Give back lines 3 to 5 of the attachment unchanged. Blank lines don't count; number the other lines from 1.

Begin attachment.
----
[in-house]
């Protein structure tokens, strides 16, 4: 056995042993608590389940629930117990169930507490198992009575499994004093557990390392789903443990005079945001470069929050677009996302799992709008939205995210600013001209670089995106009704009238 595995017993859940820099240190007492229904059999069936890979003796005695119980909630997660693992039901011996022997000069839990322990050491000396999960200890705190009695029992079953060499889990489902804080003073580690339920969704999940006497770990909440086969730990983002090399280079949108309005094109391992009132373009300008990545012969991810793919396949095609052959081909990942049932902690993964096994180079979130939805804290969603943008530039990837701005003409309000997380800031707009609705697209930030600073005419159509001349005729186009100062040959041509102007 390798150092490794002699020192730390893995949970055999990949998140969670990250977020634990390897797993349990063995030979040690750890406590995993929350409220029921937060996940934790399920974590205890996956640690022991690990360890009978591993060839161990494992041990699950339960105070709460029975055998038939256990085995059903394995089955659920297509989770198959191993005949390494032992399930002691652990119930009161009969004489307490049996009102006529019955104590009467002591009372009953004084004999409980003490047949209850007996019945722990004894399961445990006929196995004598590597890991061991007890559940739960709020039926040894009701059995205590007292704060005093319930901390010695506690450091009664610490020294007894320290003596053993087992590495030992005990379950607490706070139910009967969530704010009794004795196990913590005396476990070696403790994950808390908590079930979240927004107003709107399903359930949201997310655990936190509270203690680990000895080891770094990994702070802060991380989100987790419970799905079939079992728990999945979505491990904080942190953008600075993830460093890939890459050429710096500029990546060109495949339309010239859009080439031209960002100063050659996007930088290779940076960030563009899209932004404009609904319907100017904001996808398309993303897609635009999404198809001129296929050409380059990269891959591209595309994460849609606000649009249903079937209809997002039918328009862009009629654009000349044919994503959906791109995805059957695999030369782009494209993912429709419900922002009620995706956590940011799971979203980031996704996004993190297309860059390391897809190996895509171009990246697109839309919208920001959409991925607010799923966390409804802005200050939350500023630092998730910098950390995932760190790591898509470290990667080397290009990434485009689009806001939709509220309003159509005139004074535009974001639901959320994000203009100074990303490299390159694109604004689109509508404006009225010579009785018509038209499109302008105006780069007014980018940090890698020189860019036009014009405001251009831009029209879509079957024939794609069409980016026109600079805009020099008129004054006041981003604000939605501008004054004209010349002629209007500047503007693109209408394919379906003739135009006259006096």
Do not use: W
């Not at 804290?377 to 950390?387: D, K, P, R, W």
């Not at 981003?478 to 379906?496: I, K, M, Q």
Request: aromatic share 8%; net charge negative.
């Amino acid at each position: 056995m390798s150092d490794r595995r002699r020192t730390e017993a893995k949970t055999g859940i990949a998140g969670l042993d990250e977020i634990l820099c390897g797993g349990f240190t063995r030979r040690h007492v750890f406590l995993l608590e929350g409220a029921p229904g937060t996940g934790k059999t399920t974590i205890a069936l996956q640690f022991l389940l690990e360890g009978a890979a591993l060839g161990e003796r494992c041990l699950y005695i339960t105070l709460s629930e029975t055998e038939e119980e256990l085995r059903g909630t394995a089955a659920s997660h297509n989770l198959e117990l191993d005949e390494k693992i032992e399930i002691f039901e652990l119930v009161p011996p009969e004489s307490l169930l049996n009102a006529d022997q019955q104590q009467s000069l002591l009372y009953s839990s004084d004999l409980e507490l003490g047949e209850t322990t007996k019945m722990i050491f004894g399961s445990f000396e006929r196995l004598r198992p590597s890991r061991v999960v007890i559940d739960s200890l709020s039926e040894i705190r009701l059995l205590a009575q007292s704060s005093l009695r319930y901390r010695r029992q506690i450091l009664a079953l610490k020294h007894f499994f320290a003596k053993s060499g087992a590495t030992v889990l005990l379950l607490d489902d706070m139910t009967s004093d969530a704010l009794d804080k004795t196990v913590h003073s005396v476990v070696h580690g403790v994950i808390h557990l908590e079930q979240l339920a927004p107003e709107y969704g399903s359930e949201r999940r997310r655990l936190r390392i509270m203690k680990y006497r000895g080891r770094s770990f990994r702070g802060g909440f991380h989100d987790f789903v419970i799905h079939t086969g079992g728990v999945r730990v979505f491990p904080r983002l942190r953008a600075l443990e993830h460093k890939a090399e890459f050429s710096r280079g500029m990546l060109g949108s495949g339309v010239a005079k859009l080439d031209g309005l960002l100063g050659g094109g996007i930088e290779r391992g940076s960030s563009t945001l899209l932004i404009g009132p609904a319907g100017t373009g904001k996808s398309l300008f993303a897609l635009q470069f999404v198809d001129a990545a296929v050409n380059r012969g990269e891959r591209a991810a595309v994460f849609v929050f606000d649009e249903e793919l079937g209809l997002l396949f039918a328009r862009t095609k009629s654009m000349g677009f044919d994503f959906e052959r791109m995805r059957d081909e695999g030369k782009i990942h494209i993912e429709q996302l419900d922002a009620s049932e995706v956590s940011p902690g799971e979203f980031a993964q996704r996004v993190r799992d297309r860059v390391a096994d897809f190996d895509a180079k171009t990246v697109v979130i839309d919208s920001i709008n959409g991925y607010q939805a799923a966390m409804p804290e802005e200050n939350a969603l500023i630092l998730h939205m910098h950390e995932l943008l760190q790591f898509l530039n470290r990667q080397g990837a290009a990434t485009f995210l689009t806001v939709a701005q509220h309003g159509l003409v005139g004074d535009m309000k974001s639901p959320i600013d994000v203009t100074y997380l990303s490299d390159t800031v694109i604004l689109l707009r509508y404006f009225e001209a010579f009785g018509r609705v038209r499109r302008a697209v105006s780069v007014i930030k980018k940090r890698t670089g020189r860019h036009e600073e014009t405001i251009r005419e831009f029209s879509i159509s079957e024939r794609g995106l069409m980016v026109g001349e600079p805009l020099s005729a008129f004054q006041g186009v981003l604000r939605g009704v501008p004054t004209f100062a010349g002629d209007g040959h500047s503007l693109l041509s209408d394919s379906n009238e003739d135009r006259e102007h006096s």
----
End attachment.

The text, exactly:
Do not use: W
């Not at 804290?377 to 950390?387: D, K, P, R, W």
């Not at 981003?478 to 379906?496: I, K, M, Q």